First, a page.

Workers pay a Social Security tax based on the amount they earn and their employer. Employees at a company have a tax rate of 6.2% on their earnings, which is withheld from their paychecks. Employers pay a matching 6.2% for a combined contribution of 12.4%. If you are self-employed, you’ll foot the entire Social Security tax rate of 12.4% on your income.

Once you surpass a certain level of income for the year, you are no longer required to pay Social Security taxes. In 2023, the Social Security tax limit was $160,200. In 2024, the taxable income limit is $168,600.

“To maximize benefits in your working years, you need to earn up to or over the taxable income limit,” said Derek Mazzarella, a certified financial planner and LPL financial advisor at Gateway Financial Partners in Glastonbury, Connecticut. “If you earn that number or more each year, you’re eligible for the maximum benefit. A person that makes $200,000 will get the same benefit as someone who makes $2 million a year.” For the highest benefit, you’ll need to earn the limit or more for at least 35 years.

The Age When You Retire

“When you choose to take benefits matters as well,” Mazzarella said. If you start your benefits earlier than your full retirement age, the benefit will be reduced by about 8% each year. The earliest you can start your Social Security paychecks is age 62. For every year you wait after your full retirement age, your benefits will increase by 8%. This continues until age 70. If you want to get the maximum Social Security benefit, you’ll need to wait until you turn 70 to apply.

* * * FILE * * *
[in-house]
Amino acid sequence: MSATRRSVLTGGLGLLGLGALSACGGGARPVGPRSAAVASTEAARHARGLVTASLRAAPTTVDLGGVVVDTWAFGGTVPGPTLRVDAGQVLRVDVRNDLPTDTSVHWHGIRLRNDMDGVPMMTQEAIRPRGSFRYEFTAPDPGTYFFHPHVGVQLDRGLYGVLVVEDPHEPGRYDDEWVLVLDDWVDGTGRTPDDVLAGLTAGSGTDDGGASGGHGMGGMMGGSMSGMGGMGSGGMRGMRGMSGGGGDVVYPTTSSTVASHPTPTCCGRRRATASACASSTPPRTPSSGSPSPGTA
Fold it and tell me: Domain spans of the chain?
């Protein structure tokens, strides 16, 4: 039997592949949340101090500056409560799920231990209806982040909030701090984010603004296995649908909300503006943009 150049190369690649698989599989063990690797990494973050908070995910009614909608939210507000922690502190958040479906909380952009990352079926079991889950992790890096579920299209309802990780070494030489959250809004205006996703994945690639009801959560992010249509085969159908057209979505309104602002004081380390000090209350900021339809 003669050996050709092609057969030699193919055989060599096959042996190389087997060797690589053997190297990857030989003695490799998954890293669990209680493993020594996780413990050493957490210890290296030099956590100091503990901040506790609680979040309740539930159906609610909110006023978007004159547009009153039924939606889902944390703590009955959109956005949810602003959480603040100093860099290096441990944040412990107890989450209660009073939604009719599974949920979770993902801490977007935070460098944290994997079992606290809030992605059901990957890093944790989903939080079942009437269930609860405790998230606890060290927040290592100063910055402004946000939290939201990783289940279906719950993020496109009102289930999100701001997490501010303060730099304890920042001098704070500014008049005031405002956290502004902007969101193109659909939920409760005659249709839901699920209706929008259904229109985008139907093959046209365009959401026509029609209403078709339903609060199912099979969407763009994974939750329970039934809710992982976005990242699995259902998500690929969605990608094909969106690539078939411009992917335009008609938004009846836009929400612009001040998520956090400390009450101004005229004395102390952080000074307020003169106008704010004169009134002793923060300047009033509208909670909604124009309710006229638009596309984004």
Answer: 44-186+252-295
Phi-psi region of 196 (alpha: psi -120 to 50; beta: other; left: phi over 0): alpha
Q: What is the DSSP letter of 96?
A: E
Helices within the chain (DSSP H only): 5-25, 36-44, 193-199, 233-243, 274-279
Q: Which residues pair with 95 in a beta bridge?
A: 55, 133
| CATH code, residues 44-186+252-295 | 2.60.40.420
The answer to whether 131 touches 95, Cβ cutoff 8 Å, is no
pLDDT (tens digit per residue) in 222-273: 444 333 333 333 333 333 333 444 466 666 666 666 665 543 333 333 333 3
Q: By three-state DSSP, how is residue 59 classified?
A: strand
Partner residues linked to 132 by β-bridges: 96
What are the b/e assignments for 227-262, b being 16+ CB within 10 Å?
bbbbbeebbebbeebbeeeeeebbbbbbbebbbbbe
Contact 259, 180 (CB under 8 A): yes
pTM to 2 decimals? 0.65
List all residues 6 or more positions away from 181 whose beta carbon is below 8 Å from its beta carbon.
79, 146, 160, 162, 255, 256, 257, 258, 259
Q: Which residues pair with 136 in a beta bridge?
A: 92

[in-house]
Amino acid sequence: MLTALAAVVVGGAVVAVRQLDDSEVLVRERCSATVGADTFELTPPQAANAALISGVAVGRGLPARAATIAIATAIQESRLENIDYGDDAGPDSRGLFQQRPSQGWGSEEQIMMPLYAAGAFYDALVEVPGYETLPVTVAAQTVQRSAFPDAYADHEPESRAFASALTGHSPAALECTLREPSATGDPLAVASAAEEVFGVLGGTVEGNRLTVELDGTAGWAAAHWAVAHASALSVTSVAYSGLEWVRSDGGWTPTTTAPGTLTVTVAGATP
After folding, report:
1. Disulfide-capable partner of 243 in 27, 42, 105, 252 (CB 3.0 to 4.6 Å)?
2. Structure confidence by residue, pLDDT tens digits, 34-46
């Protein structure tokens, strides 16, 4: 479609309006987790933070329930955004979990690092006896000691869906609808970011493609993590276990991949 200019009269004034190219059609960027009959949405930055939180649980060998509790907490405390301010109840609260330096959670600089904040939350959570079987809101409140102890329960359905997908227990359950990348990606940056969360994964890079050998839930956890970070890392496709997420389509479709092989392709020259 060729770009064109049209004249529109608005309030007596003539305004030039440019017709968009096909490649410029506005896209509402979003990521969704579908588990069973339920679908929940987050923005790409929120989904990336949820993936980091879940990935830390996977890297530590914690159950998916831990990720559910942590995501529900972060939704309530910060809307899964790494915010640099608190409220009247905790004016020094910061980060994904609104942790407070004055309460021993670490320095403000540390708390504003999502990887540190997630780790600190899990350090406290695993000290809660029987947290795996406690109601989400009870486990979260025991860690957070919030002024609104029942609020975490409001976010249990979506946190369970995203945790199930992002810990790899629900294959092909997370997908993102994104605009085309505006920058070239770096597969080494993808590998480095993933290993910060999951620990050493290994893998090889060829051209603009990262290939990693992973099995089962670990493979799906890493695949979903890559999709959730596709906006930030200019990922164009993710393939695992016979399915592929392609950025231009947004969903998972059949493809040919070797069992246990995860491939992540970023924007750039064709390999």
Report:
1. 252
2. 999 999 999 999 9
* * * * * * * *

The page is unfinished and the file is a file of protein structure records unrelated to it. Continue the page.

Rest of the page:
How You Can Maximize Your Social Security Benefits

During your working years, you might focus on increasing your salary to boost your retirement benefit. You could aim to stay employed for 35 years or more, and you may decide to wait until you turn 70 to retire to get a higher monthly Social Security paycheck.

If you choose to delay applying for benefits, consider how you will cover your living expenses until Social Security checks begin. “The file-later strategy requires an income bridge,” Freitag said. You might choose to work longer and retire later to support your household during those years. Or you could look for other income streams that provide cash flow until you turn 70. These could include earnings from investments or guaranteed income from an annuity.

If you’re married, you may want to evaluate the best time to apply for benefits to maximize the amount you receive. “Often it might be a good idea for a married couple to split their Social Security start dates,” Freitag said. “One spouse starts sooner to help fill the income gap while the higher earner defers and earns the 8% per year increase between full retirement age and age 70.”

Sarah Goldberg
Sarah Goldberg

Sarah is a seasoned financial market expert with a decade of experience. She's known for her analytical skills, attention to detail, and ability to communicate complex financial concepts. She holds a Bachelor's degree in Finance, is a licensed financial advisor, and enjoys reading and traveling in her free time.